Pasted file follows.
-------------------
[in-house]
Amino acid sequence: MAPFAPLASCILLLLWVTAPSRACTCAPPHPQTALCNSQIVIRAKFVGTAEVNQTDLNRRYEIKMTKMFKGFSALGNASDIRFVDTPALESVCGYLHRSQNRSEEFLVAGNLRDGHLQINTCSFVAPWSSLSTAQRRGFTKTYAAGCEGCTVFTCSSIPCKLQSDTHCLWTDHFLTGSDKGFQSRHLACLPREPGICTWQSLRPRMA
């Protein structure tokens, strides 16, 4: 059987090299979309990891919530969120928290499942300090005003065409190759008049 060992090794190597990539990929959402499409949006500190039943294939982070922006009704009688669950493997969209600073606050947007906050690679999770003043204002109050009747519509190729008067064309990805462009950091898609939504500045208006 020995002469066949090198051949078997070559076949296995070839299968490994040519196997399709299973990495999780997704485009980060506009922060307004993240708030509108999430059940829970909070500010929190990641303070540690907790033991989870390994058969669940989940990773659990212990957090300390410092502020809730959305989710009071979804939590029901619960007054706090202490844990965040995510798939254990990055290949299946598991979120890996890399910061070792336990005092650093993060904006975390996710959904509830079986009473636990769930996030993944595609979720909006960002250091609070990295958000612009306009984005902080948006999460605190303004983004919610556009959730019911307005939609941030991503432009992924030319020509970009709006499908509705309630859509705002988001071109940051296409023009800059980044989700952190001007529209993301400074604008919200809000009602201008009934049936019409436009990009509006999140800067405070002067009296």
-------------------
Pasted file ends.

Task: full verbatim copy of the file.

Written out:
[in-house]
Amino acid sequence: MAPFAPLASCILLLLWVTAPSRACTCAPPHPQTALCNSQIVIRAKFVGTAEVNQTDLNRRYEIKMTKMFKGFSALGNASDIRFVDTPALESVCGYLHRSQNRSEEFLVAGNLRDGHLQINTCSFVAPWSSLSTAQRRGFTKTYAAGCEGCTVFTCSSIPCKLQSDTHCLWTDHFLTGSDKGFQSRHLACLPREPGICTWQSLRPRMA
């Protein structure tokens, strides 16, 4: 059987090299979309990891919530969120928290499942300090005003065409190759008049 060992090794190597990539990929959402499409949006500190039943294939982070922006009704009688669950493997969209600073606050947007906050690679999770003043204002109050009747519509190729008067064309990805462009950091898609939504500045208006 020995002469066949090198051949078997070559076949296995070839299968490994040519196997399709299973990495999780997704485009980060506009922060307004993240708030509108999430059940829970909070500010929190990641303070540690907790033991989870390994058969669940989940990773659990212990957090300390410092502020809730959305989710009071979804939590029901619960007054706090202490844990965040995510798939254990990055290949299946598991979120890996890399910061070792336990005092650093993060904006975390996710959904509830079986009473636990769930996030993944595609979720909006960002250091609070990295958000612009306009984005902080948006999460605190303004983004919610556009959730019911307005939609941030991503432009992924030319020509970009709006499908509705309630859509705002988001071109940051296409023009800059980044989700952190001007529209993301400074604008919200809000009602201008009934049936019409436009990009509006999140800067405070002067009296």